With heatwave conditions currently being experienced over much of central and eastern Australia, it should come as no surprise that parts of New South Wales had their warmest night in quite some time.
A low pressure trough transporting heat from the interior is leading to extremely hot days, while just enough tropical mid-level moisture is contained within the system to make evenings and the overnights feel irritatingly warm.
Places such as Scone, Lostock and Condobolin had their warmest night of any month since 2013. Many other inland locations such as Parkes, Gulgong and Cobar had their warmest night since late in 2014.
For the month of January, locations within the Hunter such as Scone, Tocal and Newcastle all had their warmest night since 2013. Parts of Sydney also experienced their warmest January minimum since 2011, with Richmond and Penrith both only dropping down to 23 degrees.
A hot Thursday followed by another uncomfortably warm night is likely for much of the state. Most locations in the Upper Western should exceed 40 degrees, while the Bourke area should reach the mid forties.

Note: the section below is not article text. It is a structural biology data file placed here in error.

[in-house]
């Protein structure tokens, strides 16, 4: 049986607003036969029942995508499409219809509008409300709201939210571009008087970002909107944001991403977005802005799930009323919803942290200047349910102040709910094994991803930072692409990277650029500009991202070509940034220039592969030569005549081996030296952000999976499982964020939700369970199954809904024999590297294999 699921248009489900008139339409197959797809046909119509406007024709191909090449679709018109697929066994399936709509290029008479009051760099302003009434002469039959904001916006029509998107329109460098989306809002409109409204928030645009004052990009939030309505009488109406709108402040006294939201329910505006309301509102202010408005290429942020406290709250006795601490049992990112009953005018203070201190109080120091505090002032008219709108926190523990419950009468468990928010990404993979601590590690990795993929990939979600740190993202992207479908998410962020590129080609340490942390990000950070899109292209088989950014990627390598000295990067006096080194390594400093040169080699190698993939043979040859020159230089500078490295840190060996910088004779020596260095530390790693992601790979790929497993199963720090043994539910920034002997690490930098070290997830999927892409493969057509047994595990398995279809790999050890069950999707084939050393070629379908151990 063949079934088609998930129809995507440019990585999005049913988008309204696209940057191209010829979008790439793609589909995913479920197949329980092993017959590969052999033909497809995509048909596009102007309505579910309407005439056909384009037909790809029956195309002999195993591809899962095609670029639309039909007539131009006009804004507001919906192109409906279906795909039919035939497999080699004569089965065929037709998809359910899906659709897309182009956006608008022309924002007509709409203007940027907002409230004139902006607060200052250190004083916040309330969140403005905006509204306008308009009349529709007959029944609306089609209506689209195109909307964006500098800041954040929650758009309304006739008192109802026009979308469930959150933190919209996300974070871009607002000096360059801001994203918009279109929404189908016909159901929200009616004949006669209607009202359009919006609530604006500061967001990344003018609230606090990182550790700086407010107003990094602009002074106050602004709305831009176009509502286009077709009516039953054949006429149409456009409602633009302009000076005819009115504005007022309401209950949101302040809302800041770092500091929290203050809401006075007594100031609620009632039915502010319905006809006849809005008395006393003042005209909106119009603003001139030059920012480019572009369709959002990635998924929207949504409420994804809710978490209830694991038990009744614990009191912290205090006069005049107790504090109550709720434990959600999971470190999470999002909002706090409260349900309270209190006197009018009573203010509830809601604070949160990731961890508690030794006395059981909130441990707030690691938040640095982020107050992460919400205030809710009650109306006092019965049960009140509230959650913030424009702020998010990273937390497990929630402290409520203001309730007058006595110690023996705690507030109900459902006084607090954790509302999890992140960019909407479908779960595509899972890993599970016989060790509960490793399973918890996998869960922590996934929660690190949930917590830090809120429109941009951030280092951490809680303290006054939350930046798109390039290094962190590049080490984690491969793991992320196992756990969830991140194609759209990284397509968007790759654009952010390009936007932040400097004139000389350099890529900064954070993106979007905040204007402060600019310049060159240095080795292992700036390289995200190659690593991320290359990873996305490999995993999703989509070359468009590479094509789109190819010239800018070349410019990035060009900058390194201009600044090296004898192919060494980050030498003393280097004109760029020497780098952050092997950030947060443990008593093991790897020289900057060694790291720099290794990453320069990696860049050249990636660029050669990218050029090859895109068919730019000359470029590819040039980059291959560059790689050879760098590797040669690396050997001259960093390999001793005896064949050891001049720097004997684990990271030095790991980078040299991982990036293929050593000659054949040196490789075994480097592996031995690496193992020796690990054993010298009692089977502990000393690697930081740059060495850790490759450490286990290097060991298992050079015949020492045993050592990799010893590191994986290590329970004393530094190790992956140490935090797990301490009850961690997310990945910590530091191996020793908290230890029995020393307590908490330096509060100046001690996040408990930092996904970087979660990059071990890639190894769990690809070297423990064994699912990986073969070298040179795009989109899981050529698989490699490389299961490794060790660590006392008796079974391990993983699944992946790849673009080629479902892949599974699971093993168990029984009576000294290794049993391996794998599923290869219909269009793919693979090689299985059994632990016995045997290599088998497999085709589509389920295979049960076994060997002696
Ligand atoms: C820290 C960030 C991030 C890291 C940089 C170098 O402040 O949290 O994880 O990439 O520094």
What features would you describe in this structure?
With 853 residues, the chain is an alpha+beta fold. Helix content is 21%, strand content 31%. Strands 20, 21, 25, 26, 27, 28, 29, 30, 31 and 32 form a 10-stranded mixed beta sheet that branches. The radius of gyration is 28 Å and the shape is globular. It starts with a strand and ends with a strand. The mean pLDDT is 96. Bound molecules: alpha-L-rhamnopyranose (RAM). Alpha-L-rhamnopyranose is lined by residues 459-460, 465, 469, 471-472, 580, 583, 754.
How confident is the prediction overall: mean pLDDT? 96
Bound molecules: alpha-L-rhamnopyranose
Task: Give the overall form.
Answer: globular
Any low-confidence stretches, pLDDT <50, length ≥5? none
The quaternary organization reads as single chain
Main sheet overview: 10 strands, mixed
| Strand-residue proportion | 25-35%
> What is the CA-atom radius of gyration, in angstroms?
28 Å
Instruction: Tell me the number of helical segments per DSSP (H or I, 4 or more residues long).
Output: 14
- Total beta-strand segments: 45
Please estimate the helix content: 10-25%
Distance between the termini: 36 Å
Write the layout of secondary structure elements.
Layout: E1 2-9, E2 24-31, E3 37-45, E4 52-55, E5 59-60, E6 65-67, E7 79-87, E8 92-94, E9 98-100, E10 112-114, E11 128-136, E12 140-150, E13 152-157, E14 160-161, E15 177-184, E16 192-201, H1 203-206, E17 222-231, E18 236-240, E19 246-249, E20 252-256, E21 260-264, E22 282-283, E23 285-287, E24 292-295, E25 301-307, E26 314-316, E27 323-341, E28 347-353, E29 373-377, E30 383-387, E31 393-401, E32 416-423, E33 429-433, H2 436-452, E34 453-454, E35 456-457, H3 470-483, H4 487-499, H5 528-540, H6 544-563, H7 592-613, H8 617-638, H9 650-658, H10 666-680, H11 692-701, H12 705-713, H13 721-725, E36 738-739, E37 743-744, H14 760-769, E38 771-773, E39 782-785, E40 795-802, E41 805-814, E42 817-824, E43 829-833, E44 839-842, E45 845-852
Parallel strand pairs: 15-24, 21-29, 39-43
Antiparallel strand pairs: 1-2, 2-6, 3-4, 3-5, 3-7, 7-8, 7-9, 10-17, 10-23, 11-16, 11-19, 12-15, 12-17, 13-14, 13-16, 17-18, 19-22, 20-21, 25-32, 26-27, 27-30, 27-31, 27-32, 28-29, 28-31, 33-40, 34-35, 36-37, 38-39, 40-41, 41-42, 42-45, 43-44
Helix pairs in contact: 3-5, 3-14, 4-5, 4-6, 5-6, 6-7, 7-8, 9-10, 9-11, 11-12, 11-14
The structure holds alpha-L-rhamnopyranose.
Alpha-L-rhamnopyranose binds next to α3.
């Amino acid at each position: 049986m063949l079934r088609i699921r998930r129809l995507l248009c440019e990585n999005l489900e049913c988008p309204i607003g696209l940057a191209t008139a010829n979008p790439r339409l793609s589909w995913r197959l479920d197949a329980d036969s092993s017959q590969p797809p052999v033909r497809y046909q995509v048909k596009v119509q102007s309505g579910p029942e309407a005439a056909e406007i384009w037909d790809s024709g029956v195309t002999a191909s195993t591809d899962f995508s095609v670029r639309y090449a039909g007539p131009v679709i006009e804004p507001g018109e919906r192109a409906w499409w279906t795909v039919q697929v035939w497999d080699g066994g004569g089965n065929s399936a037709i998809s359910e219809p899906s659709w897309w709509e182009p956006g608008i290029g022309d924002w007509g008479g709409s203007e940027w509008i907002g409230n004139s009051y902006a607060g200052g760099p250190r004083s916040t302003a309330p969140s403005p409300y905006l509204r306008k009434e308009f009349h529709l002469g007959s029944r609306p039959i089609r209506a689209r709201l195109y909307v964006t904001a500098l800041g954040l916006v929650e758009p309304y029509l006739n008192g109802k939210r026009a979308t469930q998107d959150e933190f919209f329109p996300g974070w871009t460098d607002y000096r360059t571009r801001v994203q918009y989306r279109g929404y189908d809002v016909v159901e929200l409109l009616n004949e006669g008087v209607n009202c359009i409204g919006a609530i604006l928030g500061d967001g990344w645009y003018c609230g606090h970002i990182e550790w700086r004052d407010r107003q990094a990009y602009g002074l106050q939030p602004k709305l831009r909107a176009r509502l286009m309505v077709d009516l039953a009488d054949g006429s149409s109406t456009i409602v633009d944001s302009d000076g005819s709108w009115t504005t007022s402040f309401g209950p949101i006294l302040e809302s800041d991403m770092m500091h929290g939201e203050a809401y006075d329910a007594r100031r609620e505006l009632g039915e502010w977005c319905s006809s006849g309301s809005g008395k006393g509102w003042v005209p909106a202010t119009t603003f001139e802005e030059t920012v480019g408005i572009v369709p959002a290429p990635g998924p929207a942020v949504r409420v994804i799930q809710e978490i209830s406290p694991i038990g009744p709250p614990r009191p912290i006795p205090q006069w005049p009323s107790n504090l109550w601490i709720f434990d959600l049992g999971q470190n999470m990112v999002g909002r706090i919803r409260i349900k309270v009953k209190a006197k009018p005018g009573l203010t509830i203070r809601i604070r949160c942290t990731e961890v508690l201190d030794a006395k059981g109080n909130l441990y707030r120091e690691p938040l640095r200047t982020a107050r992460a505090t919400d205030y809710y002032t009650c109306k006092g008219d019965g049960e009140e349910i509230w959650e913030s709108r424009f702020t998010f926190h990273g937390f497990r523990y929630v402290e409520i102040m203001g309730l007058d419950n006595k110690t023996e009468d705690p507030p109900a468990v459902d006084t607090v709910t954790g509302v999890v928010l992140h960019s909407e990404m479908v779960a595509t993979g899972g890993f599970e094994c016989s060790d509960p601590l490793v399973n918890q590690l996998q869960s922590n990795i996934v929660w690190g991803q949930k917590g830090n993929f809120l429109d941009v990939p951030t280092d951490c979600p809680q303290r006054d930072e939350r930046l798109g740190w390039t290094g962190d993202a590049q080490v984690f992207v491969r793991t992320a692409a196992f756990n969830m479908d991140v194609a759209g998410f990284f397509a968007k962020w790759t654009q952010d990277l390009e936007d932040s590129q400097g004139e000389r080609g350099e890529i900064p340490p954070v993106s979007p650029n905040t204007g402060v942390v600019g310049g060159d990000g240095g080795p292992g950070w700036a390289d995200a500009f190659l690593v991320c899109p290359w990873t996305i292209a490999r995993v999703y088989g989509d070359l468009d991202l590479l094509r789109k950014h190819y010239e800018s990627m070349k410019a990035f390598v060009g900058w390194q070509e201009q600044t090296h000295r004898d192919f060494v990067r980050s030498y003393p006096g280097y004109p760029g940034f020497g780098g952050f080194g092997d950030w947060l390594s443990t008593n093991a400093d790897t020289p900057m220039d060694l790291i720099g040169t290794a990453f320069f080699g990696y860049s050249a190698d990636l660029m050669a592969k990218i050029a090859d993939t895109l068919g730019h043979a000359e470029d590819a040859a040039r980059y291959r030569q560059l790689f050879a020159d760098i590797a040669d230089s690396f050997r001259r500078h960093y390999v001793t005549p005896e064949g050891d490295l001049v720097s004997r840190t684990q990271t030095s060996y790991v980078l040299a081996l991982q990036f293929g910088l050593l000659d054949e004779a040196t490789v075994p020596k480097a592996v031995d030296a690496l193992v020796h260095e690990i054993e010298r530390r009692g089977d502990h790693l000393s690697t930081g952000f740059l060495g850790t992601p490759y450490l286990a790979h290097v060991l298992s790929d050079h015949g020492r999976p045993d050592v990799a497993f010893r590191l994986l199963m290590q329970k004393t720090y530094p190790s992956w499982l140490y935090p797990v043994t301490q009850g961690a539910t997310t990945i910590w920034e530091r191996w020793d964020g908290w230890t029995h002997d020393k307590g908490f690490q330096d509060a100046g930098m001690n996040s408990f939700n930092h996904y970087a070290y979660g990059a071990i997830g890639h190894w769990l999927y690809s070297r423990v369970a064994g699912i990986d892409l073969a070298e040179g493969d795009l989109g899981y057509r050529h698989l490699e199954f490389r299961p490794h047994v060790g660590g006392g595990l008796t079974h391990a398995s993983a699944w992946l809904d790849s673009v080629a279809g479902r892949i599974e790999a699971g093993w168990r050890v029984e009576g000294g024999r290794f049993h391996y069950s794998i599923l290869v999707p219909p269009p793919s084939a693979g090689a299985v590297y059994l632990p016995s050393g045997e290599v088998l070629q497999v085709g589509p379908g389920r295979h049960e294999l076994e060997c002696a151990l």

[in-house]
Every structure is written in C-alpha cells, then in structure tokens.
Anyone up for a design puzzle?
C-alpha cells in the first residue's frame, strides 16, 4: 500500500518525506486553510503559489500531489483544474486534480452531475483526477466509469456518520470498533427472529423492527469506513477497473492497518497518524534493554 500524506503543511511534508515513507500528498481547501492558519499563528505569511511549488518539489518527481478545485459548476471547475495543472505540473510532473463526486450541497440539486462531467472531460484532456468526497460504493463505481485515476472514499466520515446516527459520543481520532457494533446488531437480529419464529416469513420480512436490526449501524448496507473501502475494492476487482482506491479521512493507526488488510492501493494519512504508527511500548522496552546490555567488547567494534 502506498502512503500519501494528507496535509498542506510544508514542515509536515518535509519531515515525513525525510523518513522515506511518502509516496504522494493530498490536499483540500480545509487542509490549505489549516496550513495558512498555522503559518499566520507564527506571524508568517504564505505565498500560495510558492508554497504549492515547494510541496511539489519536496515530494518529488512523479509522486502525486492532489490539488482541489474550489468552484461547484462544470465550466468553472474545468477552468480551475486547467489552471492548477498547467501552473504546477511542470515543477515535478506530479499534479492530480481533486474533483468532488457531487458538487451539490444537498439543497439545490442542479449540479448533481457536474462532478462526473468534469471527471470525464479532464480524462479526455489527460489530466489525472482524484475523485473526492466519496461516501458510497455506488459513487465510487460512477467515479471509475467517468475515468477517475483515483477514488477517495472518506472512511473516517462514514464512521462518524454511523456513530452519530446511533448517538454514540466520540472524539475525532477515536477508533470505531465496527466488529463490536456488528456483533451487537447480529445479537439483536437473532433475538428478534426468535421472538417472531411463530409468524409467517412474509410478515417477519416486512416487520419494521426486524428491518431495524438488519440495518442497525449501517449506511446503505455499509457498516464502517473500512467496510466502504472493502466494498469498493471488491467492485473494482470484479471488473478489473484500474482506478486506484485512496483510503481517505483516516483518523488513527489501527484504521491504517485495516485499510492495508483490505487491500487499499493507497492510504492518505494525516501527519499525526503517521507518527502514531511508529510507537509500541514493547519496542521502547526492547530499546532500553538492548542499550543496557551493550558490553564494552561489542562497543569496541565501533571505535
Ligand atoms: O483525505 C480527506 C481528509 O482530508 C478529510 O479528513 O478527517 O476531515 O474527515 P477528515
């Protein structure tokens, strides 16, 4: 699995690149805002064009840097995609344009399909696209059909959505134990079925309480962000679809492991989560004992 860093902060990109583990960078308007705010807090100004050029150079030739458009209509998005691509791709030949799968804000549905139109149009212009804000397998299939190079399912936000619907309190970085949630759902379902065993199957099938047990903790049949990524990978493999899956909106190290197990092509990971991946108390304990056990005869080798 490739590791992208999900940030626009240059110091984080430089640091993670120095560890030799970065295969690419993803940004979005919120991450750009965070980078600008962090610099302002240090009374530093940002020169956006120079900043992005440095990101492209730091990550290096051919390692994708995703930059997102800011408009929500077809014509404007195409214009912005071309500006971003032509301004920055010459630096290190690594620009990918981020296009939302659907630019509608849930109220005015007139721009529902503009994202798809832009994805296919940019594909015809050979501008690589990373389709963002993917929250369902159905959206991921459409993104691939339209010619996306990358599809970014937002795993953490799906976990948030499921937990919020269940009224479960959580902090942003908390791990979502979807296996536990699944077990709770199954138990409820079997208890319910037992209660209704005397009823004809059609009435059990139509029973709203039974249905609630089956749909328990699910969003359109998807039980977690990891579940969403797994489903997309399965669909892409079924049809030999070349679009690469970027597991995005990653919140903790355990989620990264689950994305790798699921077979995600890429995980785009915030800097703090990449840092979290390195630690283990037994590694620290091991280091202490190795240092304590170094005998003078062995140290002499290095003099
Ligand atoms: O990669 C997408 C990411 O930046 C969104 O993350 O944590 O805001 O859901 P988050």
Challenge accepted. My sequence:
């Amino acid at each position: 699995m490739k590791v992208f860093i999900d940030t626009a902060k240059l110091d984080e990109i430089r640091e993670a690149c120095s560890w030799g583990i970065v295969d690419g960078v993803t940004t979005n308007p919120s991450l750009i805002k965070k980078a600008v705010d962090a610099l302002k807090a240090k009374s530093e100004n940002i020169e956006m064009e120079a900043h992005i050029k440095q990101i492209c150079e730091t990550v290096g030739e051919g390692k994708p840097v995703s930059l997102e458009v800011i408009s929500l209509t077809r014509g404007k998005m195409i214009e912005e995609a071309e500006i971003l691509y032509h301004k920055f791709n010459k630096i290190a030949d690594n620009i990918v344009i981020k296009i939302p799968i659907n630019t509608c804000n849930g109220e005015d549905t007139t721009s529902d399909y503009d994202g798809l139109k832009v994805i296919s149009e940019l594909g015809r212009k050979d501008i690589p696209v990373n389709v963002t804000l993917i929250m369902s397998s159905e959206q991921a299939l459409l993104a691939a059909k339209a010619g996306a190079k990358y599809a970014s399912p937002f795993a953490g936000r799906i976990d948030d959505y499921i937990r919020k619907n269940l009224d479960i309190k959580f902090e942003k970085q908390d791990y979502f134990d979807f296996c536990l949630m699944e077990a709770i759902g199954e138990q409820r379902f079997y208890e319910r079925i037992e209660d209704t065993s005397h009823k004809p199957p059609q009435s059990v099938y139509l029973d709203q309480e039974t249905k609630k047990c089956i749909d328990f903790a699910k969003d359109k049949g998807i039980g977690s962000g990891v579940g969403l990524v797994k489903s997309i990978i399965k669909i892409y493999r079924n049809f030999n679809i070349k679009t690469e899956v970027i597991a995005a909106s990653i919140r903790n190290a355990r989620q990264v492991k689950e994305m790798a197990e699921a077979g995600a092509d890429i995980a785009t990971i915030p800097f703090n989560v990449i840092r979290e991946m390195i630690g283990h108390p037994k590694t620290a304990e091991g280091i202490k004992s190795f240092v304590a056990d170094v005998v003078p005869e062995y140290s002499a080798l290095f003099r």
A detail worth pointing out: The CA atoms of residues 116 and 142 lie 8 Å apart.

Heat is likely to peak on Friday, when most areas west of the ranges will exceed 42 degrees. Although heatwave conditions are likely to contract to mostly the northeastern parts of the state with the trough by early next week, most towns north of Griffith should still see daytime temperatures above 38 degrees, with minimum temperatures unlikely to fall below 22 degrees. It's therefore possible that more record-breaking evening temperatures could be seen over the next couple of days.
These conditions are consistent with the seasonal outlook for eastern Australia, which has been forecast to experience above-average maximum and minimum temperatures well into March. Nights in particular are likely to be very warm, bringing little relief from daytime discomfort.
© Weatherzone 2017
14:40 AEST What will the weather be like for ANZAC Day Dawn Services around the country? Sydney will be dry with temperatures ranging from around 18 degrees in the east to 14 in the west.